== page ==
I immediately cried in protest.

She calmly responded, “Be a leader, not a follower.”

I knew I was no match for her, so off I ran to the bus in my shiny, new raincoat. As I walked down the bus aisle looking for a seat, I heard the inevitable, “is that a garbage bag?!”

No one outwardly made fun of me, and I think some of it had to do with my disposition. I was absolutely mortified, but I was more than prepared to duke it out with a teasing kid rather than combat my strong-willed grandmother.

My grandmother had the same attitude when I wore designer jeans in junior high school. “Why would you pay money to wear someone else’s name on your clothes? They should pay you to put your name on their clothes.”

It has taken many years, but I’ve finally come to her way of thinking. No, I don’t confidently strut around in garbage bags when it rains, or request Mr. Klein stitch out my name on the back pocket of his jeans, and that will be $80, thank you very much, but, I get where she was coming from.

What looks good on you is not what someone tells you looks good on you. Be your own person, and be proud of who that person is.

Years later, shortly after my grandmother passed away, I remember  Julia Roberts married Lyle Lovett. It was a shock to many, as she is stunningly beautiful, and Lyle is, well, Lyle.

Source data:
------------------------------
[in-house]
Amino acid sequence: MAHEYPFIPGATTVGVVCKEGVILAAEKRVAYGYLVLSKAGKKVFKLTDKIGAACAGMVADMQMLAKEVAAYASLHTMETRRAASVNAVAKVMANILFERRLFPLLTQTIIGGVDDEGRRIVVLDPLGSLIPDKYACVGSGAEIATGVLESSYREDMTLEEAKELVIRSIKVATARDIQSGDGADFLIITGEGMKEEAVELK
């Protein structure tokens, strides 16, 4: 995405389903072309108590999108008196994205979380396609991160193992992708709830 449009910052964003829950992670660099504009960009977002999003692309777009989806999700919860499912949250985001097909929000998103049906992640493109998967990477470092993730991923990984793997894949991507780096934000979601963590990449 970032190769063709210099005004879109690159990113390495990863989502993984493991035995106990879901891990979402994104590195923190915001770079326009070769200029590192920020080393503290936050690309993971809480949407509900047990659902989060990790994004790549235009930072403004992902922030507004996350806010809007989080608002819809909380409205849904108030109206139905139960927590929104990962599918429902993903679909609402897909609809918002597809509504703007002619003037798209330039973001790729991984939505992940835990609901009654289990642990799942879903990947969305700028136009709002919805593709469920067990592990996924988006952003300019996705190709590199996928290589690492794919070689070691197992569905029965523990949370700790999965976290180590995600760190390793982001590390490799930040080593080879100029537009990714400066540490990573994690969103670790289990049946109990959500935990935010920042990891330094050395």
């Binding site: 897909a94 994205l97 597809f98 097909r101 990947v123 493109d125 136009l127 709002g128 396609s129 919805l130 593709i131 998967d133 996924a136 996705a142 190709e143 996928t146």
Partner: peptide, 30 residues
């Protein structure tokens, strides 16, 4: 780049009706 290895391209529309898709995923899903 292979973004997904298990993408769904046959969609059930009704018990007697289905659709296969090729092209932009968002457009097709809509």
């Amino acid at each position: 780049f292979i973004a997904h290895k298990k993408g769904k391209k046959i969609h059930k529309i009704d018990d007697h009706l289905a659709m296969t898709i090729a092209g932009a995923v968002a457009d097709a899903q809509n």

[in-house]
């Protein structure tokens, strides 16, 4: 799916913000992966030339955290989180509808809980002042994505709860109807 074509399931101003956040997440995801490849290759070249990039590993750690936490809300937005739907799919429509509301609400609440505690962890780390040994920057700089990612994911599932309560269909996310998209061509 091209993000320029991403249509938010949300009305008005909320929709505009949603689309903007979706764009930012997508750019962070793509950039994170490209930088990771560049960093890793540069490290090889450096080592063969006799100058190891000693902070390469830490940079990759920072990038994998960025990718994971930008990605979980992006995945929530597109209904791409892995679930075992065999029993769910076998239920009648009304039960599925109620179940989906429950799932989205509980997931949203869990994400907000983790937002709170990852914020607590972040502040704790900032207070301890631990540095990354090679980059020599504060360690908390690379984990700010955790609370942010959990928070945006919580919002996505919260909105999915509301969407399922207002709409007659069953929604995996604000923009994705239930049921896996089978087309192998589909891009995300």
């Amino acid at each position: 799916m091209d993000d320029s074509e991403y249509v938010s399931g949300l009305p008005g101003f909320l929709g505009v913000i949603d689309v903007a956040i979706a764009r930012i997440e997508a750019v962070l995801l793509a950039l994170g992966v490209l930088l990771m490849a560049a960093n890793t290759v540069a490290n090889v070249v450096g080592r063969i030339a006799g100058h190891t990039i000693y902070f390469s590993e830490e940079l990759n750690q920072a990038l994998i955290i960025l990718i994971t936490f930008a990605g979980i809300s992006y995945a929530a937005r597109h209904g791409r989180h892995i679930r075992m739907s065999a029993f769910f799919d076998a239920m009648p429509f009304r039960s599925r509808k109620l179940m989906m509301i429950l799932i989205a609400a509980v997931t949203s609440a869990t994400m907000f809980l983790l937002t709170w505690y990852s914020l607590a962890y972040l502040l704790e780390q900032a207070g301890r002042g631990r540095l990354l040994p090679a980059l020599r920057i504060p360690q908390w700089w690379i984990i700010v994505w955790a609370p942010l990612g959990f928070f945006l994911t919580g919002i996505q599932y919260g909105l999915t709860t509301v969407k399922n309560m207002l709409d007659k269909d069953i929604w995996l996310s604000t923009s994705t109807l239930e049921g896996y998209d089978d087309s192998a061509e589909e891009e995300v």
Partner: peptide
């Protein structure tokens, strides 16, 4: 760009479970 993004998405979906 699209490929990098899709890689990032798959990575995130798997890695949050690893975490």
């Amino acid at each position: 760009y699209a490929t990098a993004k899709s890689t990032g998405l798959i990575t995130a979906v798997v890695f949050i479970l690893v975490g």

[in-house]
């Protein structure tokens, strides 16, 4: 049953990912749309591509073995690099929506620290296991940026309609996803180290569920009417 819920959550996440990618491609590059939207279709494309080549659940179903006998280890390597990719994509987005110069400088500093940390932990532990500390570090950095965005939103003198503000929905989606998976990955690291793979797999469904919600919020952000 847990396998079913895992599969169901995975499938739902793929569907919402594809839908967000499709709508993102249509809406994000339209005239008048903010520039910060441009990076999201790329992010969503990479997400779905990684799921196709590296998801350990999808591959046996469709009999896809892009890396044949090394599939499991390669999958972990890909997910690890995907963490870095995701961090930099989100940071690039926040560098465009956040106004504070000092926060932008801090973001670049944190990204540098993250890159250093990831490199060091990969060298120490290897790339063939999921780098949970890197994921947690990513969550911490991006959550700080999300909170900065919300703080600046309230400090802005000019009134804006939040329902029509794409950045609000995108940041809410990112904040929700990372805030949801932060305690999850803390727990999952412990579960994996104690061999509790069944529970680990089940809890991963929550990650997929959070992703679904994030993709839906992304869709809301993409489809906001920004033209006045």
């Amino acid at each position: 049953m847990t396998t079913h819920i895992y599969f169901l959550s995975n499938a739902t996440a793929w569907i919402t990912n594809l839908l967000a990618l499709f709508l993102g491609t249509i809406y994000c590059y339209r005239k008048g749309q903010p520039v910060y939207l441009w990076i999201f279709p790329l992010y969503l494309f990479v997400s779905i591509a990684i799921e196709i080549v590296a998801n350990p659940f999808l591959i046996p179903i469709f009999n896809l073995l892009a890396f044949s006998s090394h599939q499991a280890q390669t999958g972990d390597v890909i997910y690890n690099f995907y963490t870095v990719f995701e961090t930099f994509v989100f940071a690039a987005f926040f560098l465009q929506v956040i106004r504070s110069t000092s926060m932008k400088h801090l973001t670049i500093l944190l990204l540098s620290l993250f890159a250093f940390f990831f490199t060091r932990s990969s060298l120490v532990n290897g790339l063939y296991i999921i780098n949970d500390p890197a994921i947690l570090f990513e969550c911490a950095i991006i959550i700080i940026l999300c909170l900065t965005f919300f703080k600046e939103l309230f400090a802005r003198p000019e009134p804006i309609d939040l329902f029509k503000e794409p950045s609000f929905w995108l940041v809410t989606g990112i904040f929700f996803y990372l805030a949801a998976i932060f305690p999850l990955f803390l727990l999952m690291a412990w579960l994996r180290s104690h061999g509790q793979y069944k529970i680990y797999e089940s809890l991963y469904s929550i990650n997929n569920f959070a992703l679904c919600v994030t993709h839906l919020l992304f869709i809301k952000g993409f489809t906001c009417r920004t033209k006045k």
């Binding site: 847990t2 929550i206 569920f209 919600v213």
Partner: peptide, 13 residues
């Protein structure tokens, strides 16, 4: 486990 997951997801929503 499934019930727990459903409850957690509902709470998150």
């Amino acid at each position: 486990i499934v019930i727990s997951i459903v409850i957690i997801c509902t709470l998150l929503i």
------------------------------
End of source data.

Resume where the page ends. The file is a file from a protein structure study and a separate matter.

Discussing this marriage and the obvious differences in outward appearances with my mother, I’ll never forget when she said,”Lyle is immensely talented. That, in itself, is attractive.”

Yes, she is my grandmother’s daughter.

With one big difference, she would never send me off to school in a black garbage bag(though we still have some good laughs about it!).

My mom values fashion and has an admirable sense of it. She believes in confidently wearing things that are “you” as an expression of who you are. She doesn’t follow any fashion rules, she follows her own. 

My mother has a beautiful, creative taste in clothes. Some of her outfits might look outlandish on some, but she never fails to pull it off looking fabulous. That is because her clothes are an extension of her true, fun and energetic self.

I now enjoy that wonderful feeling of fashion freedom, and am not confined to the limits of a label.  When I wear an outfit, I rock it like my name is written all over it 🙂